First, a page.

Senate Judiciary Committee Votes To Confirm Ogden

WASHINGTON, D.C. - The U.S. Senate Committee on the Judiciary today voted 14-5 to send David Ogden's nomination as Deputy Attorney General to the full Senate for confirmation. The Senate is expected to vote on the nomination early next week.

As expected, the five most conservative committee members - Tom Coburn (Okla.), Orrin Hatch (Utah), Jeff Sessions (Ala.), John Cornyn (Texas) and Charles Grassley (Iowa) - voted against Ogden's confirmation, with Hatch having commented, "Mr. Ogden has consistently taken very liberal positions over a long period of time on issues that are very important to me... The pattern here is so consistent and the record is so long that it does give me pause."

Sen. Hatch was at least referring to the Child Protection and Obscenity Enforcement Act of 1988, co-authored by Hatch, which forms the basis for the federal recordkeeping and labeling law, 18 U.S.C. §2257.

Hatch is well-known for questioning Justice Department nominees regarding their stances on sexual speech, having extracted promises from John Ashcroft and Alberto Gonzales that they would vigorously enforce federal obscenity laws. At Ogden's confirmation hearing earlier this month, both he and Sen. Coburn asked the candidate about his views on 2257 and sexual material on the Internet.

Similarly, Sen. Sessions once challenged Ogden on his views regarding Bowers v. Hardwick, the Supreme Court case targeting private homosexual conduct that was later overturned by Lawrence v. Texas, noting that Ogden had written, "Constitutional interpretation cannot be limited to ascertain the way a particular law would have been viewed by the Framers. While constitutional principles do not change, the society and individuals in whom they are applied do, and our knowledge about that society and those individuals improves with time." Such ideas run contrary to the approved conservative stance that the Constitution should never be interpreted in the light of changing societal mores.

"He's everything the pro-family movement has fought against," said Patrick Trueman, former prosecutor with the Justice Department's Child Exploitation and Obscenity Section, "yet as deputy attorney general, he will be the chief executive officer of the U.S. Department of Justice. Certainly, he reflects President Obama on Obama's positions on pornography, homosexuality and abortion. We can see this from the nomination. And I believe David Ogden is being groomed for a position on the United States Supreme Court, with this appointment to a high office."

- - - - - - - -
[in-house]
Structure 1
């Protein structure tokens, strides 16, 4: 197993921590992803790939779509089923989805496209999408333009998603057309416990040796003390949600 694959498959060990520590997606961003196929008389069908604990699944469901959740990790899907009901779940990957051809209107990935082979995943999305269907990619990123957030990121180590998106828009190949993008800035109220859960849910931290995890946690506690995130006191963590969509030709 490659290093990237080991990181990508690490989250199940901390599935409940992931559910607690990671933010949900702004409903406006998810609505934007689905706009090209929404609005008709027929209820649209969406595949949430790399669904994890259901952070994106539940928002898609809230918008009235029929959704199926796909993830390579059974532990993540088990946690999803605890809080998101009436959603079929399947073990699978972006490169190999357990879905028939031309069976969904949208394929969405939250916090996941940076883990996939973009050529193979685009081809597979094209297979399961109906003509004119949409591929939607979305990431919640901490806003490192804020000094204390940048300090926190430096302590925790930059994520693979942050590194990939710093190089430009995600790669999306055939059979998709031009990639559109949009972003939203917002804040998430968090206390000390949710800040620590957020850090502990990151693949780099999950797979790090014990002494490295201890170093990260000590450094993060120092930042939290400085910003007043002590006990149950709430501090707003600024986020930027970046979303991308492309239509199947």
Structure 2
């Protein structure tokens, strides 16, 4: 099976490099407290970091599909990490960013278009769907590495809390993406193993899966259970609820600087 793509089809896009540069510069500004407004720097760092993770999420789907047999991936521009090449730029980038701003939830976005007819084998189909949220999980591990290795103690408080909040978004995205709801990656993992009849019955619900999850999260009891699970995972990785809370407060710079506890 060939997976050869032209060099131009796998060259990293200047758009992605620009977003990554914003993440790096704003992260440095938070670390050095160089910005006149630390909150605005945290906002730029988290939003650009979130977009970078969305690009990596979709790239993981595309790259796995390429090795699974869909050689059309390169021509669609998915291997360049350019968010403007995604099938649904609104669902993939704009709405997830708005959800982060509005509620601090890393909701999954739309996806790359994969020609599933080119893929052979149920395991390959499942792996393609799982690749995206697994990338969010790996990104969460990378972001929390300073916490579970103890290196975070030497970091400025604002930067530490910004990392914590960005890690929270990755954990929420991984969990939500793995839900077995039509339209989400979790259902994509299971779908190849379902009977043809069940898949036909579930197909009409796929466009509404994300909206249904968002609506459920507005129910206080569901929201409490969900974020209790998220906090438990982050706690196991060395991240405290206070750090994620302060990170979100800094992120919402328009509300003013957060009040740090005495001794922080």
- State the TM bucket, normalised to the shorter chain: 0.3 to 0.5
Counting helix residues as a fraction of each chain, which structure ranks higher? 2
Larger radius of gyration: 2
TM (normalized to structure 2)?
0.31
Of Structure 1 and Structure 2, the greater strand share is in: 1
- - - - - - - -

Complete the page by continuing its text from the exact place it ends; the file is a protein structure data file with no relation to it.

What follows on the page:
"A person's views on pornography are a window to a person's worldview," said Richard Land, president of the conservative Southern Baptist Ethics & Religious Liberty Commission, "and this window shows a worldview that is inconsistent with what I want the American Justice Department to be."

One particular bugaboo for conservatives has been Ogden's amicus brief, filed for the ACLU, in support of accused child pornographer Stephen Knox, where Knox was arrested for having shot video and been in possession of video featuring clothed young children, but with the camera focused on their genital areas. His eventual conviction took the definition of child pornography to a new level of vagueness.

"David Ogden represents an extreme liberal agenda," wrote Tony Perkins, former congressman from Louisiana and now president of Family Research Council, in response to the Judiciary Committee's recommendation. "He has a long career of advocating for the 'right' of individuals including pedophiles to purchase and possess child pornography. Mr. Ogden's record makes him unfit to serve in the Justice Department which is charged with prosecuting adult and child pornography violations. All senators still have an opportunity to stand up for children and the enforcement of our pornography laws by voting no on this extreme choice by President Obama. I urge each senator, regardless of party, to take a closer look at Ogden's radical record. We also urge President Obama to withdraw this nomination and consider a replacement whom the American people can trust to administer justice and vigorously prosecute those who violate our pornography laws."

FRC has compiled a dossier on Ogden's professional "transgressions," which is posted on their website. Among Ogden's clients which FRC found significant have been P.H.E. (Adam & Eve), Playboy Enterprises, the Freedom to Read Foundation, the National education Assn., American Civil Liberties Union, the American Psychological Assn., People for the American Way, the National Organization for Women and the American Library Assn.

Though unable to stop the vote on Ogden, the committee's republican minority has managed to delay for one week confirmation votes on Solicitor General nominee Elena Kagan and Associate Attorney General nominee Thomas Perrelli, both of whom have angered conservatives and fundamentalists for their liberal views.